October 3, 2018

Interview with Rita Momoh

Written by James Stix, Wellbeing Foundation Africa
Interviewing Midwife Rita Momo, Wellbeing Foundation Africa, Nigeria

Two women hold a baby at an event

Rita with Founder-President of Wellbeing Foundation Africa Her Excellency Toyin Saraki during a MamaCare class. Photo credit: Wellbeing Foundation Africa

Consider this: the world is urbanizing at an unprecedented rate, with the migration of millions of individuals to cities and urban centres bringing enormous pressure to bear on inhabitants, politicians, city managers, urban planners and policymakers.[1] In a stark dichotomy, in Nigeria, access to piped water through household connections has decreased in urban areas, and the post-construction functionality of water points and schemes remains low.[2] It can be easy to dismiss the profound significance of water in socioeconomic development, yet the reality of it is clear: across Nigeria these issues have a huge impact on health, education, livelihoods and well-being.

Amongst the gloom, there is hope in unsung heroes. Rita Momoh entered the world of healthcare from an early age, starting her nursing education at Adamawa State College in north-eastern Nigeria. After three years at the college and graduating, she then moved to the city of Jos in the Middle Belt of the country and began working as a nurse at an orthopaedic hospital where Rita laid the foundations of her medical and health practice for a year. Following this, Rita returned to education at the local Our Lady of Apostle School of Midwifery, where she undertook the 18-month-long midwifery post-basic education course, which she completed before taking on a role as a midwife at another hospital for five years.

Rita speaking at a MamaCare class

Rita at a MamaCare class. Photo credit: Wellbeing Foundation Africa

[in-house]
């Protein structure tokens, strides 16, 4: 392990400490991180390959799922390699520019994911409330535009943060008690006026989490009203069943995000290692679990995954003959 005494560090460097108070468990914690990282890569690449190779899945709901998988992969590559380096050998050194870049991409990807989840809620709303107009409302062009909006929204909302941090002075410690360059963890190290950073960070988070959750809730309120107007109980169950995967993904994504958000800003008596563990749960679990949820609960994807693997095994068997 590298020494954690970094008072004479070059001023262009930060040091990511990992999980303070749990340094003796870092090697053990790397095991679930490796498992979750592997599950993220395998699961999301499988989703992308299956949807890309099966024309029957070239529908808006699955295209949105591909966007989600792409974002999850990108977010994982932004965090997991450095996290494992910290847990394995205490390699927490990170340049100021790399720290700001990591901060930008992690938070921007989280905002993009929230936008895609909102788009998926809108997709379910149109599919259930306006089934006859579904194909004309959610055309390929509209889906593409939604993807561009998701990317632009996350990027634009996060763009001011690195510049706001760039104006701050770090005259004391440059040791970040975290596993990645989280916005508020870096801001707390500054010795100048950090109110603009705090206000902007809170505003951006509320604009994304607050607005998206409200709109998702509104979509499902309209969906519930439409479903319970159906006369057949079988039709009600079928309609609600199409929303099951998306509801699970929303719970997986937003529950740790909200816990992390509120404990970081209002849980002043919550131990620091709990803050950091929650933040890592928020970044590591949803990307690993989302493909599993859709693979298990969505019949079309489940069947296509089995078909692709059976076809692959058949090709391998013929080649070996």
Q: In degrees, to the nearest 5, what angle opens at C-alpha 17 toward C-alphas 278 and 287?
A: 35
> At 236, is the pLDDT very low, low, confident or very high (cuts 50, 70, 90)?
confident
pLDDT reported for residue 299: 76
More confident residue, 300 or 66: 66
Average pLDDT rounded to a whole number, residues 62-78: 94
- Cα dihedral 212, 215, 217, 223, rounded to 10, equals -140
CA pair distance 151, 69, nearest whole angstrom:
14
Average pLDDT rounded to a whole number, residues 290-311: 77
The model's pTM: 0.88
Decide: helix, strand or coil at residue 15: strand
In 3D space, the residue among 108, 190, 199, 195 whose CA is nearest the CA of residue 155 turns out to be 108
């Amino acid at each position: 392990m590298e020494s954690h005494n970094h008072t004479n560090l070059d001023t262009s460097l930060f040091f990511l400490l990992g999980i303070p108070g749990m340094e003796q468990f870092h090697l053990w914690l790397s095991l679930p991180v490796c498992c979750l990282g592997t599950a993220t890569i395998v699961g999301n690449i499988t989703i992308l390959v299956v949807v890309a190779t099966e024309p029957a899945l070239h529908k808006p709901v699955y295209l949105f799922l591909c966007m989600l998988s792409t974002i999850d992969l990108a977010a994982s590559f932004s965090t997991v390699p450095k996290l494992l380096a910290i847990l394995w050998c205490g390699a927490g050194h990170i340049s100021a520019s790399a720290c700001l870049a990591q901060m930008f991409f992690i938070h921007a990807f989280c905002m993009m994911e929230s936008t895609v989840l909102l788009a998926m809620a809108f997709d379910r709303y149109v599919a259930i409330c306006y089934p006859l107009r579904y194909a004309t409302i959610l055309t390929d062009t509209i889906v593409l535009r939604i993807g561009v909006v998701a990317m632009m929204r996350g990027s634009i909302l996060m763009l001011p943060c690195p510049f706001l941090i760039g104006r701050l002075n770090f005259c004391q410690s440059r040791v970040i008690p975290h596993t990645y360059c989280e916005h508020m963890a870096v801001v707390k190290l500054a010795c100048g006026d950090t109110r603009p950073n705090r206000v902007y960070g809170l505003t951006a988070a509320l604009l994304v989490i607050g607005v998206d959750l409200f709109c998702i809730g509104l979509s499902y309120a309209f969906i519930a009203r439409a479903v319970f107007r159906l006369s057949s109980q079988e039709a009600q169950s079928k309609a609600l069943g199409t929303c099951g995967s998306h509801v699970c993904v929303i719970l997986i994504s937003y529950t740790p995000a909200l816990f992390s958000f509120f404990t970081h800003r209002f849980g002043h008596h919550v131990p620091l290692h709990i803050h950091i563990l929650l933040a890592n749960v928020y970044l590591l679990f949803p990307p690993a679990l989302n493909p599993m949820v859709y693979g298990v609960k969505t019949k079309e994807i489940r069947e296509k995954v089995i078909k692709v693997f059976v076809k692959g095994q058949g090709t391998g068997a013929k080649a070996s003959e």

While Rita loves what she does, there are inherent frustrations in her day to day which create obstacles on the road to excellent work. She mentions a constant lack of basic resources, including running tap water from a safe source, medical items such as forceps, gloves and syringes as well as a systemic entrenchment of unfair practices. These practices include reluctantly having to ask patients to fund their own supplies and provide basic items to facilitate Rita’s work with them. Across Nigeria, this is often the case, with only 31 percent of public health care facilities having access to a basic, functioning hand hygiene station.[3] The indicators for access to improved sanitation are not only low, but also suggest that the sector is in an alarming state of dilapidation. Rates of open defecation may be low nationally, but less than one-third of citizens have access to improved sanitation, and approximately 94 percent of the population lack sewerage connectivity.[4] These figures are alarming, nonetheless Rita finds great joy and pleasure in what she does, providing sustained care and support to pregnant women, from preparation in pregnancy, to the healthy delivery of a baby by a healthy mother in a healthy environment which can be sustained over time.

Rita with a new mother and an infant

Rita with a new mother. Photo credit: Wellbeing Foundation Africa